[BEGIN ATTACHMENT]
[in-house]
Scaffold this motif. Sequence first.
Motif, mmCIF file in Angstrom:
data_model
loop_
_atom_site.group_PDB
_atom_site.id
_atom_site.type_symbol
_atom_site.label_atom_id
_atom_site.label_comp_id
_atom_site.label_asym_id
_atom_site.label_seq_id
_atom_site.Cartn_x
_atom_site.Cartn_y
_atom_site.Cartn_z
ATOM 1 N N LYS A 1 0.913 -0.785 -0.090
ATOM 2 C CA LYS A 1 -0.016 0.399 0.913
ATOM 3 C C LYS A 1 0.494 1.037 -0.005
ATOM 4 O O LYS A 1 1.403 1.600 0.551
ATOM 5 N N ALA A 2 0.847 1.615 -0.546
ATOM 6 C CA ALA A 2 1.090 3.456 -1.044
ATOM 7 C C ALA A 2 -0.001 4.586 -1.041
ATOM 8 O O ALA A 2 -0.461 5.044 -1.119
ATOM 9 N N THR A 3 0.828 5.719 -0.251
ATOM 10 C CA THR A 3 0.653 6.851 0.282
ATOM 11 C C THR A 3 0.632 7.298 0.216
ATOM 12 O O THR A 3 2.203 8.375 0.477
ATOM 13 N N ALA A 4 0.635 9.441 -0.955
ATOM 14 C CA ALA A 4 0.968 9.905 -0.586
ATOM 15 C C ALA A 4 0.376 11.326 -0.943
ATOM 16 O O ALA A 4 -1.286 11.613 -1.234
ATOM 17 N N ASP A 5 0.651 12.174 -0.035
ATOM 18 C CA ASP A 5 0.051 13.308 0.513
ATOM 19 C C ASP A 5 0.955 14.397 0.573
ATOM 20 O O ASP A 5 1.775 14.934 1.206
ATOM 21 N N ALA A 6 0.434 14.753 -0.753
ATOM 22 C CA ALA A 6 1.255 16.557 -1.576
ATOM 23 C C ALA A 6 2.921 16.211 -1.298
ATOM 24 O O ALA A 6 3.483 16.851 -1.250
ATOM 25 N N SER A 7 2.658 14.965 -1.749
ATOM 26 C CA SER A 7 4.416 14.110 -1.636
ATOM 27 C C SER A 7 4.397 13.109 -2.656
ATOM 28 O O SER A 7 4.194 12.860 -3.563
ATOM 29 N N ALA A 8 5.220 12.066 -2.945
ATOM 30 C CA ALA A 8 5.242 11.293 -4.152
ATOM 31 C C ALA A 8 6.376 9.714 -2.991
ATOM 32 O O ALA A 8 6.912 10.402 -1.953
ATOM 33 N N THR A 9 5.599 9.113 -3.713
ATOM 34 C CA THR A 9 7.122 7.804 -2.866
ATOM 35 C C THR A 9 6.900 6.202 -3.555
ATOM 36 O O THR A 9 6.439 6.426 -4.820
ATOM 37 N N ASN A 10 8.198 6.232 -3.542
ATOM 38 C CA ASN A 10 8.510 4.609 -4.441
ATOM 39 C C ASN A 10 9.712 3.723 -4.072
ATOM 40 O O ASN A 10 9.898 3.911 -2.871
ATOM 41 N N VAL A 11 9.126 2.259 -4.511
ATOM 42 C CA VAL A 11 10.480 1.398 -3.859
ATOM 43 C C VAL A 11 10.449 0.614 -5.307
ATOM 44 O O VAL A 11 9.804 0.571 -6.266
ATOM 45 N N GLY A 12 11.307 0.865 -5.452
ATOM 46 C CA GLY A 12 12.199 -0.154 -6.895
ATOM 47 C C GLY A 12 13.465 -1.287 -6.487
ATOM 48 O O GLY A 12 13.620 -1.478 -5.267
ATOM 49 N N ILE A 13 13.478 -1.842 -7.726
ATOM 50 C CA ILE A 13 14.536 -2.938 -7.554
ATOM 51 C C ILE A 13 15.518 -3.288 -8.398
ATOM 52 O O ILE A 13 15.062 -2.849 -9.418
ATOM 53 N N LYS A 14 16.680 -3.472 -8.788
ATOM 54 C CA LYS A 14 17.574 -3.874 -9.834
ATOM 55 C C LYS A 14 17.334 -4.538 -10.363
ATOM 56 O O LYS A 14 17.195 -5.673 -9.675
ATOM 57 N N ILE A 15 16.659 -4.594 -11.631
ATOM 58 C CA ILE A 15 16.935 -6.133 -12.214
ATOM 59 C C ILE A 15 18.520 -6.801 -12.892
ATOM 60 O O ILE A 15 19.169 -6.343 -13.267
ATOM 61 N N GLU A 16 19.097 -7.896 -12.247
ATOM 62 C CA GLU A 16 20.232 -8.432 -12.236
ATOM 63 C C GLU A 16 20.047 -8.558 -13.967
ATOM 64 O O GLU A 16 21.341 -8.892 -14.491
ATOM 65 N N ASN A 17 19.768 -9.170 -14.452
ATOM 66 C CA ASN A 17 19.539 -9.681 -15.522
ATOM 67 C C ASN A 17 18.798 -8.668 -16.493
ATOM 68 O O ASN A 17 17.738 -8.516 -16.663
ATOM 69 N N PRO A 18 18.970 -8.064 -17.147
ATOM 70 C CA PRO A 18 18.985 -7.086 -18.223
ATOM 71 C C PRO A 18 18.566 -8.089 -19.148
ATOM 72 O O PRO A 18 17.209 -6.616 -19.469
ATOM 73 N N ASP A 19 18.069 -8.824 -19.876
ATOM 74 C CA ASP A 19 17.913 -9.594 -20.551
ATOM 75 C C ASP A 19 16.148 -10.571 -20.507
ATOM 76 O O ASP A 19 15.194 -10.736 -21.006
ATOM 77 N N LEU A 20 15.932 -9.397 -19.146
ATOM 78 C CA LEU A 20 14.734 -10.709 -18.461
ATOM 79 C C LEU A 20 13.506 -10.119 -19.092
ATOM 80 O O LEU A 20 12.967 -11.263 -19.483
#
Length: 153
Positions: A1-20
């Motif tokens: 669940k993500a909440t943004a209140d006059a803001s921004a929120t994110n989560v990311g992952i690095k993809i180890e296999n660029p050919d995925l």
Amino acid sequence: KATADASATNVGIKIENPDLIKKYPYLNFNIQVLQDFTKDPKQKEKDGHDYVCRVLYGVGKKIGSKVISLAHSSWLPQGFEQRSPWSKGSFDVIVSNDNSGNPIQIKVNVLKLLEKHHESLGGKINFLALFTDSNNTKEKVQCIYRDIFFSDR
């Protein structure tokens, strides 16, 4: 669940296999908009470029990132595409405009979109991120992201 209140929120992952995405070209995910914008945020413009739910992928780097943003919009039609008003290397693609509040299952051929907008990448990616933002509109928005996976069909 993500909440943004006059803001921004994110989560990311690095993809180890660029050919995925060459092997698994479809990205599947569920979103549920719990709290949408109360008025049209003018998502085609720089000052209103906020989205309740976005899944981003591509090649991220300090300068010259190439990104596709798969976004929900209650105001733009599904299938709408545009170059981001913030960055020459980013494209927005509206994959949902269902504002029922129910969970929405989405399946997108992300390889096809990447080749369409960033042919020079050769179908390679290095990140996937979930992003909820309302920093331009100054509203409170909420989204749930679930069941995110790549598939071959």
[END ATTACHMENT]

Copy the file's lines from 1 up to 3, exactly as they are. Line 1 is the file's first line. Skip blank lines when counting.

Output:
[in-house]
Scaffold this motif. Sequence first.
Motif, mmCIF file in Angstrom: